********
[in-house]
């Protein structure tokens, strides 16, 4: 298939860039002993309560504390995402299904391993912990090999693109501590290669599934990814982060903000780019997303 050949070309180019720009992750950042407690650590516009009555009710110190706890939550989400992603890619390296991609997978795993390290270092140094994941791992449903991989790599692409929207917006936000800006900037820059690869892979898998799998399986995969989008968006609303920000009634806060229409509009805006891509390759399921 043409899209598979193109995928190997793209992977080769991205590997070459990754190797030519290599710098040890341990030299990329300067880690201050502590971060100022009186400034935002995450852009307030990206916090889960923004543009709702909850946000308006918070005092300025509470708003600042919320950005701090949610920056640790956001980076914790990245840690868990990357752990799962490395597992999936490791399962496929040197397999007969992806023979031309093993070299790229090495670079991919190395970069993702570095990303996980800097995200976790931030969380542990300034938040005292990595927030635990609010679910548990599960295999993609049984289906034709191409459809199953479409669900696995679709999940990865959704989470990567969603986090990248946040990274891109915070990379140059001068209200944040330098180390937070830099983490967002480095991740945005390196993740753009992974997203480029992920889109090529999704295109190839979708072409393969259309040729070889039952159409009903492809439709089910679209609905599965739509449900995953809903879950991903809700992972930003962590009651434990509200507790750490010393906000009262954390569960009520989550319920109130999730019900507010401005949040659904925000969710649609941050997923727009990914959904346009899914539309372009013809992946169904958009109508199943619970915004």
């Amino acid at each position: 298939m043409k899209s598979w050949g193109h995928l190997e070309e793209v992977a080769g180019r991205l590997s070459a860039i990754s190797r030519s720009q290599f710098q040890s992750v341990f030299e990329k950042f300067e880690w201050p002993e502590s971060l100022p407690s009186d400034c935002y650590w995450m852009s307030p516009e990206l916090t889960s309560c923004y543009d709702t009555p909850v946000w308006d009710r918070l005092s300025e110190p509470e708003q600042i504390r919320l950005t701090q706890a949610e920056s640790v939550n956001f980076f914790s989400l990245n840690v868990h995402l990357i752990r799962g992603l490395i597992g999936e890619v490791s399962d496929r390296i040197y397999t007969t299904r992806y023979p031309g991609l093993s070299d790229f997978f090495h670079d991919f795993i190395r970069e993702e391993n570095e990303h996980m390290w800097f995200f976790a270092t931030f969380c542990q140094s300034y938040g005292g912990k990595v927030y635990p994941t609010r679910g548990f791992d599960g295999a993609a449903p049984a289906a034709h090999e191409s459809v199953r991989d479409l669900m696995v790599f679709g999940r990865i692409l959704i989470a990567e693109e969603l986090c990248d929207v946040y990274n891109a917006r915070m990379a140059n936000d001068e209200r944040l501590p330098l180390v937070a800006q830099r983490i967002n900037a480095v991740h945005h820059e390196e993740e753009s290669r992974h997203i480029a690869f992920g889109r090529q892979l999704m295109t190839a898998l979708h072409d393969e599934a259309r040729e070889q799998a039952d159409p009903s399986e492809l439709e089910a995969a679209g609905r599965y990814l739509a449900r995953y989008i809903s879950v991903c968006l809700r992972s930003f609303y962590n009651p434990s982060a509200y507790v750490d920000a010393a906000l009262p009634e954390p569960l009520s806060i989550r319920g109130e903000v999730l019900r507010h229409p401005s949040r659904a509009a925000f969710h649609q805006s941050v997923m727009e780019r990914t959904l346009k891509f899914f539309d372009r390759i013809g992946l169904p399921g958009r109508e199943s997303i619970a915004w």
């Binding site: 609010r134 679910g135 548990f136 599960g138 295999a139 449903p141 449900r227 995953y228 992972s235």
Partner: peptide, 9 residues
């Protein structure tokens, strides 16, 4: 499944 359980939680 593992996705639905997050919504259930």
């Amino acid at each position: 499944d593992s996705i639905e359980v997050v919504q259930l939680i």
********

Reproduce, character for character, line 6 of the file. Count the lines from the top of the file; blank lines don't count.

């Protein structure tokens, strides 16, 4: 499944 359980939680 593992996705639905997050919504259930």